This sale offers many distinctive ephemeral items, including photos, postcards, blueprints, and "everyday" goods that bring the past to life.  Lot #512, a cabinet photo of actor Richard Mansfield as Dr. Jekyll and Mr. Hyde from c. 1887 is estimated at $1,000-1,500. Lot #151, a collection of eight Chicago Police Department Daily Bulletin "Wanted Flyers" from 1961 is estimated at $50-100. These are ominously illustrated with photos of wanted criminals and missing persons, including men wanted for bogus checks, bond forfeiture, armed robbery, deceptive practices, burglary, and other crimes.  Lot #8, architect Frank Lloyd Wright's signed, original 36" x 46” floor plan for the Louis Frederick House from 1956/57 is estimated at $6,000-8,000. This 2,550-square-foot home, located in Barrington, IL, was one of Wright's last projects and most recently sold for $795,000 in 2016, a mere three days after its listing. And it’s easy to get carried away over lot #409, an all-original Andy Warhol Campbell’s Soup shopping bag from 1966. This first printing, color silkscreen depicts a Campbell’s Tomato Soup can on a wove Guild Paper Products shopping bag and is estimated at $800-1,200.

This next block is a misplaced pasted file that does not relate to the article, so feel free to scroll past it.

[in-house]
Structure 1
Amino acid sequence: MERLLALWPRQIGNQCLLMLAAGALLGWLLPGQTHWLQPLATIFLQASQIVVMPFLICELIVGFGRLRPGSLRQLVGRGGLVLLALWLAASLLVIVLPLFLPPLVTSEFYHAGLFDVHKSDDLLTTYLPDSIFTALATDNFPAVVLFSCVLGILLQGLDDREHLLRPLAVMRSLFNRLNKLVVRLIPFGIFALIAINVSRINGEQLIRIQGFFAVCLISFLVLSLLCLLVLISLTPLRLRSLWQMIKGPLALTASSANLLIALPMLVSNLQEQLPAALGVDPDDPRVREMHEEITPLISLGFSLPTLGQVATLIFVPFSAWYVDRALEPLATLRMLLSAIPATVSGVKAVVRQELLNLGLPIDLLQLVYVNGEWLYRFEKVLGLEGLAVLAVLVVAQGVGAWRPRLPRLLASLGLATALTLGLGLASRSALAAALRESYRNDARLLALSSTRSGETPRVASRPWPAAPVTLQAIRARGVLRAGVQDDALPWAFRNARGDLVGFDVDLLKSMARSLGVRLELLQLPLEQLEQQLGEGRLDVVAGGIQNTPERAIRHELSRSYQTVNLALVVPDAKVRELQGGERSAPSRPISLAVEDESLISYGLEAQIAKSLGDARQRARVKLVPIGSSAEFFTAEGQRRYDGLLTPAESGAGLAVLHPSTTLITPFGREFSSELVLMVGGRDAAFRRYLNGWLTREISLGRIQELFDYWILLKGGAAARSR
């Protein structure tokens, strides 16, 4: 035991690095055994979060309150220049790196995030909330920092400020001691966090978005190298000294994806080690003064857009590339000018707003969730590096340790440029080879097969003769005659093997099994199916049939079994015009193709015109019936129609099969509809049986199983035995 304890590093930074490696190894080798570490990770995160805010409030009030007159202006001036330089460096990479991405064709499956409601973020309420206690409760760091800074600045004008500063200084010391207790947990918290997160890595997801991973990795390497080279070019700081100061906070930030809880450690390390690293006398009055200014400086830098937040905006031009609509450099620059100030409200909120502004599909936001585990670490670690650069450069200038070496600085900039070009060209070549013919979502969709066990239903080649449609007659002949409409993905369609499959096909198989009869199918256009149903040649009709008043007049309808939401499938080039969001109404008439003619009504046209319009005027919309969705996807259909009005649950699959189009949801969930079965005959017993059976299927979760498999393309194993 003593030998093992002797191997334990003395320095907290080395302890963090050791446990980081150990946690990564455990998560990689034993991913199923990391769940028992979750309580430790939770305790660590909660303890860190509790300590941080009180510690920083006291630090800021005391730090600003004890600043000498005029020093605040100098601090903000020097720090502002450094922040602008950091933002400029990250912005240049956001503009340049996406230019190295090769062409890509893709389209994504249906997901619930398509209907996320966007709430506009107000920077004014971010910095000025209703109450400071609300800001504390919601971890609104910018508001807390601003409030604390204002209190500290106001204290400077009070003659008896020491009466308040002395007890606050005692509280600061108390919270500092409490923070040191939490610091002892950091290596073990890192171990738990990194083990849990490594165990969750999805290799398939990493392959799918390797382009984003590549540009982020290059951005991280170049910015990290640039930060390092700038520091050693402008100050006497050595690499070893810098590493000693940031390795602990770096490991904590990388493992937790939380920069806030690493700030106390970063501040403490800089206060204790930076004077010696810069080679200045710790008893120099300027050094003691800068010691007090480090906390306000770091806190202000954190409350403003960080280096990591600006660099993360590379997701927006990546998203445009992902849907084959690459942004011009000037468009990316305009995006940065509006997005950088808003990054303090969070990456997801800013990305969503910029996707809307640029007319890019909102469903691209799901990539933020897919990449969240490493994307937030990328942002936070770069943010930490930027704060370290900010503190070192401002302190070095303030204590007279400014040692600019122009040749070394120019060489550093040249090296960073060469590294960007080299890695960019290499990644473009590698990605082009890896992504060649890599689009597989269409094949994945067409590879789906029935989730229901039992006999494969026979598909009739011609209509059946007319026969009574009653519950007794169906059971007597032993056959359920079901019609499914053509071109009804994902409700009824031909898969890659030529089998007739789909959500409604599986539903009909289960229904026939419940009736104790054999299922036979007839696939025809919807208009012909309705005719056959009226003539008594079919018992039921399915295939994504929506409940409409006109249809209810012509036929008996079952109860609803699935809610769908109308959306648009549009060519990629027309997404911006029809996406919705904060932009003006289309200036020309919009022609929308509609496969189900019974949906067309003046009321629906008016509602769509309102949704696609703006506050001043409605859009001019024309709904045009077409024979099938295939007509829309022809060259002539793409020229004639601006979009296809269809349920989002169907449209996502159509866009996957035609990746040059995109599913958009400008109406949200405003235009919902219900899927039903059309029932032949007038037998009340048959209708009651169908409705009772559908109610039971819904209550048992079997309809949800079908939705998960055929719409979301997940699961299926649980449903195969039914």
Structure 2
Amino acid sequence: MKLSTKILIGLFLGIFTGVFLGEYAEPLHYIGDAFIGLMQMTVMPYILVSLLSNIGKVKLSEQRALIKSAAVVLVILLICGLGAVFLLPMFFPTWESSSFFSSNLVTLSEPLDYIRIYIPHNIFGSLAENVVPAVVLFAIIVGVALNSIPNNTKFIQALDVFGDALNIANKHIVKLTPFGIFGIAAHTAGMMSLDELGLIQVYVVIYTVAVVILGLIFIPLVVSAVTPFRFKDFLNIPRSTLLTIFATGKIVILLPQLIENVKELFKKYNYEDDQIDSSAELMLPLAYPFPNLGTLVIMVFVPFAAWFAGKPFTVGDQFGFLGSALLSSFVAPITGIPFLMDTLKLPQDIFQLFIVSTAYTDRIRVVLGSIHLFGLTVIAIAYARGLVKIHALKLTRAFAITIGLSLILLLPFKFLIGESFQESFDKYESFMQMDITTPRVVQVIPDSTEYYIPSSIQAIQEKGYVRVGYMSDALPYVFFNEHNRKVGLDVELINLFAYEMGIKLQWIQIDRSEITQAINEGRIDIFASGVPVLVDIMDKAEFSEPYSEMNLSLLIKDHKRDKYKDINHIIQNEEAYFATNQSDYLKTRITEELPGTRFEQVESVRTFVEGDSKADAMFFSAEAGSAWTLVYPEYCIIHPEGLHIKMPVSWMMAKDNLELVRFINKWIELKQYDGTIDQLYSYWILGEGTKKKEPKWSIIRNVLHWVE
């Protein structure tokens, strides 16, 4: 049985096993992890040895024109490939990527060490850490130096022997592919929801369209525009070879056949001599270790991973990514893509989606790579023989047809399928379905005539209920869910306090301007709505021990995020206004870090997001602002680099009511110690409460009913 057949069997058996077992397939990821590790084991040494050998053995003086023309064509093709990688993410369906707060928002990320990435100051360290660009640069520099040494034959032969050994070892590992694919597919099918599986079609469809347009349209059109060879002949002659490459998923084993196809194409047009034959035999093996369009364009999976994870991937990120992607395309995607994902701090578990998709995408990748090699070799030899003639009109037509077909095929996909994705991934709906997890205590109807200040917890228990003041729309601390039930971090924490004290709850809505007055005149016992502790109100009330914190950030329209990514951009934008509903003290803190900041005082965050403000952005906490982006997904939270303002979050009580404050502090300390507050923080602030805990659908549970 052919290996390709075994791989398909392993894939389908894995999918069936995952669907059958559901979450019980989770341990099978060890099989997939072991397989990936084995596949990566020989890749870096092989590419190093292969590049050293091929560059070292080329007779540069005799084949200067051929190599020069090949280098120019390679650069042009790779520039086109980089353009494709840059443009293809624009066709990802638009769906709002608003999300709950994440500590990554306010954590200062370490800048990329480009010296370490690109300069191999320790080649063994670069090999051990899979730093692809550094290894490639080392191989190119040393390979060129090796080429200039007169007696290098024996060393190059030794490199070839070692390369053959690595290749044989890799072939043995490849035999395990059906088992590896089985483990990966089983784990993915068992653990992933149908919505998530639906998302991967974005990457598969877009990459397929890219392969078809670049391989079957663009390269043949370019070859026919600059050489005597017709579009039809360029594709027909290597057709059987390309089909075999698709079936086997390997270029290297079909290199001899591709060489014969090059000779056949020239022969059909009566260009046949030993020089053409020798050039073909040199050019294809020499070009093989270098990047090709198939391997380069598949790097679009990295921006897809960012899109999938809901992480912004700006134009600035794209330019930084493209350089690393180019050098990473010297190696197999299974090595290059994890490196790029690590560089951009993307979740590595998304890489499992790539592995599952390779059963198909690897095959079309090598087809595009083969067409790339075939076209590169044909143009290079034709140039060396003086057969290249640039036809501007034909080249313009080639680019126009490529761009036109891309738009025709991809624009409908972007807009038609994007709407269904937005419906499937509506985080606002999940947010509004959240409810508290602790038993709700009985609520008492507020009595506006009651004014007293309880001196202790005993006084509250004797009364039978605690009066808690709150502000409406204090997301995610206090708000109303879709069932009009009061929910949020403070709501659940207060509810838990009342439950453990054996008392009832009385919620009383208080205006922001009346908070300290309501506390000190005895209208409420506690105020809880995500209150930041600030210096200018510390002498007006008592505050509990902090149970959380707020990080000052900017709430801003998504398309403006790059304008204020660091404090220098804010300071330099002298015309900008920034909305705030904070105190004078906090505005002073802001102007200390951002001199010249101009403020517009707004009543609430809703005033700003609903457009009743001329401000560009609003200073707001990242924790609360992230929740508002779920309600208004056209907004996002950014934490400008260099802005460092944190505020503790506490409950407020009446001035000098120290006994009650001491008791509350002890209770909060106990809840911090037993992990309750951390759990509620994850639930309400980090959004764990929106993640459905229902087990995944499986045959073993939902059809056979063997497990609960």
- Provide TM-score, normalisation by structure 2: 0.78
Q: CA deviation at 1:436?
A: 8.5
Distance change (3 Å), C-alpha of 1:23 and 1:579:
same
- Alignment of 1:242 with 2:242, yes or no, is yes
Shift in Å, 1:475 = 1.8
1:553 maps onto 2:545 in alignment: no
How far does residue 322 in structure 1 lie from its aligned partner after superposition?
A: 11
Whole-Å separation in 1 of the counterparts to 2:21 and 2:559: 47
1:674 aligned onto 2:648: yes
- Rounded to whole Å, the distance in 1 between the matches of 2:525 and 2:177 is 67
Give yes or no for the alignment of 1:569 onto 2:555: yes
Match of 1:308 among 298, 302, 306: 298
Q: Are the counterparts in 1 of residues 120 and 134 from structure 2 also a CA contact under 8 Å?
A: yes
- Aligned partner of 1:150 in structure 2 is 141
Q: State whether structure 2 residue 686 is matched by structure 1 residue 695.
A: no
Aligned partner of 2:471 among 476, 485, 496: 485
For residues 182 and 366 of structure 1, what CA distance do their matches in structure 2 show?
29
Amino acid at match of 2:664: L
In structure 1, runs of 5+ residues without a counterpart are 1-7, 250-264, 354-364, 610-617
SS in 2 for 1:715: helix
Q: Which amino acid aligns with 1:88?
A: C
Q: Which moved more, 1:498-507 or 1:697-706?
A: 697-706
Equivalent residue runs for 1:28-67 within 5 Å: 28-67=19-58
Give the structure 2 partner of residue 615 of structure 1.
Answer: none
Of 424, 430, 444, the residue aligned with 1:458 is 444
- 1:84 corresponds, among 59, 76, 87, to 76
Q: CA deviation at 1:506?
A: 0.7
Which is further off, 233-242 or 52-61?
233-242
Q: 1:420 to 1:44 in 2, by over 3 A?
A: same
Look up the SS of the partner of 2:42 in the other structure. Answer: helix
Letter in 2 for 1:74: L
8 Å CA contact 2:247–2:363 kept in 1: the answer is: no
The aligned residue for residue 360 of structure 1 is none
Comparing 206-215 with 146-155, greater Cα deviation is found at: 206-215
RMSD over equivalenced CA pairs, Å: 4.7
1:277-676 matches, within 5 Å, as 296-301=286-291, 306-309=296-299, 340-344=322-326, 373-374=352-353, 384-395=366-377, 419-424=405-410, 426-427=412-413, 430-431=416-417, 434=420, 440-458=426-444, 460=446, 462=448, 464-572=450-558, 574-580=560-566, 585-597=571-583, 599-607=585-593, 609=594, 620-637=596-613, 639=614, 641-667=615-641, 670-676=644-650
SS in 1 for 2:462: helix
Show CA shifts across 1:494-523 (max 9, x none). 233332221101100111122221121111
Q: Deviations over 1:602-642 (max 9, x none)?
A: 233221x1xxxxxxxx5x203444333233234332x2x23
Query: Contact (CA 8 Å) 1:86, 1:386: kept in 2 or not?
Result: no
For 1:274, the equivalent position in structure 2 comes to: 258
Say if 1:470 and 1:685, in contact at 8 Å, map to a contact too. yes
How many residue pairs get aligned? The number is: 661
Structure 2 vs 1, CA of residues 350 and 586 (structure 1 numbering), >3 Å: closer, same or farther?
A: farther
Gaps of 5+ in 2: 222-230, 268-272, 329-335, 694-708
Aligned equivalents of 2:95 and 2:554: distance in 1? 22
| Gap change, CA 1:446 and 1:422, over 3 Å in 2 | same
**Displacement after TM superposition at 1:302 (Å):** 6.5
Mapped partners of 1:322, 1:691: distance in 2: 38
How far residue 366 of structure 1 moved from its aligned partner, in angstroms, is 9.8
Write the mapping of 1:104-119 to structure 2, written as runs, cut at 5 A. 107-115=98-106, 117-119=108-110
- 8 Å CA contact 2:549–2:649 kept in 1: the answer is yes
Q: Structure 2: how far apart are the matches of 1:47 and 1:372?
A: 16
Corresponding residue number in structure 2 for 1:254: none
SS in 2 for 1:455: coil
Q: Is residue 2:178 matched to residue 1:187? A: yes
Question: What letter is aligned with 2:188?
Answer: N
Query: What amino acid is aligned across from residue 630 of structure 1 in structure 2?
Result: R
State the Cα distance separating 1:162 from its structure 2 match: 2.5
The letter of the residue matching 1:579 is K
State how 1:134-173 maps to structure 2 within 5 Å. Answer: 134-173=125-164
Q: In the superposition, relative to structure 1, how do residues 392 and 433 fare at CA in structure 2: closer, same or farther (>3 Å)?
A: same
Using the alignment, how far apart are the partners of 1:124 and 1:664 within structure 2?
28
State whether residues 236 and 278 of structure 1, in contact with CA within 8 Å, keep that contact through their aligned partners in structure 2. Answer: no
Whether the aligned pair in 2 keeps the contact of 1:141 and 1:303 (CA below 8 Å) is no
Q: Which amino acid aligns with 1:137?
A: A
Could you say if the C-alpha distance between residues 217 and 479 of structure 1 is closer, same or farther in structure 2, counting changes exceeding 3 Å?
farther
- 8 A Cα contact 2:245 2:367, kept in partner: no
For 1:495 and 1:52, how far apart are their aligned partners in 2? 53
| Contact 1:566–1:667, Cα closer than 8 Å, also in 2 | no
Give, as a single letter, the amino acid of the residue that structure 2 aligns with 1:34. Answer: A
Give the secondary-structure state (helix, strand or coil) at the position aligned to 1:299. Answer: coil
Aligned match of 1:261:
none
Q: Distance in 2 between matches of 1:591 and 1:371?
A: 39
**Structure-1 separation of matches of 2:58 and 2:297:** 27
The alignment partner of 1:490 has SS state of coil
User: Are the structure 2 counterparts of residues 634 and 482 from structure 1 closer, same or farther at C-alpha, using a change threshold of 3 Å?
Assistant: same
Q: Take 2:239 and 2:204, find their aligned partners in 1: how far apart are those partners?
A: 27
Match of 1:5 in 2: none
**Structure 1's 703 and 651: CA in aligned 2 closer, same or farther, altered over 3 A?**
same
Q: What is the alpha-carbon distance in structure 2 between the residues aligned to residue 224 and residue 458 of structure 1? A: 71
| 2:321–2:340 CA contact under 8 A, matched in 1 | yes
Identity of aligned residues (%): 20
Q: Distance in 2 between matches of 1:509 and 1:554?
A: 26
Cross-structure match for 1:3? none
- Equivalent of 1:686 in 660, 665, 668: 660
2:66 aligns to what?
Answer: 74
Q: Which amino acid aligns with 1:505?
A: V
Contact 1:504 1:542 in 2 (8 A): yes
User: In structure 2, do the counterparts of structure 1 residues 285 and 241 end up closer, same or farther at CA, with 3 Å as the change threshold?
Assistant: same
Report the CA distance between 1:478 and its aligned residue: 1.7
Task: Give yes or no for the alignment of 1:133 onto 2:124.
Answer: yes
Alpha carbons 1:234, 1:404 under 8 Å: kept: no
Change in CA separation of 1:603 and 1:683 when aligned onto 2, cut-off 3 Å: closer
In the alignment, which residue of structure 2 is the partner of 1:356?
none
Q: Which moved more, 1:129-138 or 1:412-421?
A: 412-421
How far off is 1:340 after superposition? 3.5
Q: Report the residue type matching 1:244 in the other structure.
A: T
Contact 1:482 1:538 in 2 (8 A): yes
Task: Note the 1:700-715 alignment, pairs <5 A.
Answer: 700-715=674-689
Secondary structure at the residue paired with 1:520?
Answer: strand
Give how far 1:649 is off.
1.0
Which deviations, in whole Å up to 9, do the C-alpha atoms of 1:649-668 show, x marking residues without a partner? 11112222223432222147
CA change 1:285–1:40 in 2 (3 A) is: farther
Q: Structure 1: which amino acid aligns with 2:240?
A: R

This auction comes full circle with carefully curated offerings of prints and drawings, photos, atlases, antiques, and other rarities, including early and collectible comic books. Lot #647, a Marvel Comics Incredible Hulk number 181 from 1974 is estimated at $1,800-2,400. This monster of an edition features the first full appearance of Wolverine as well as an appearance from Wendigo.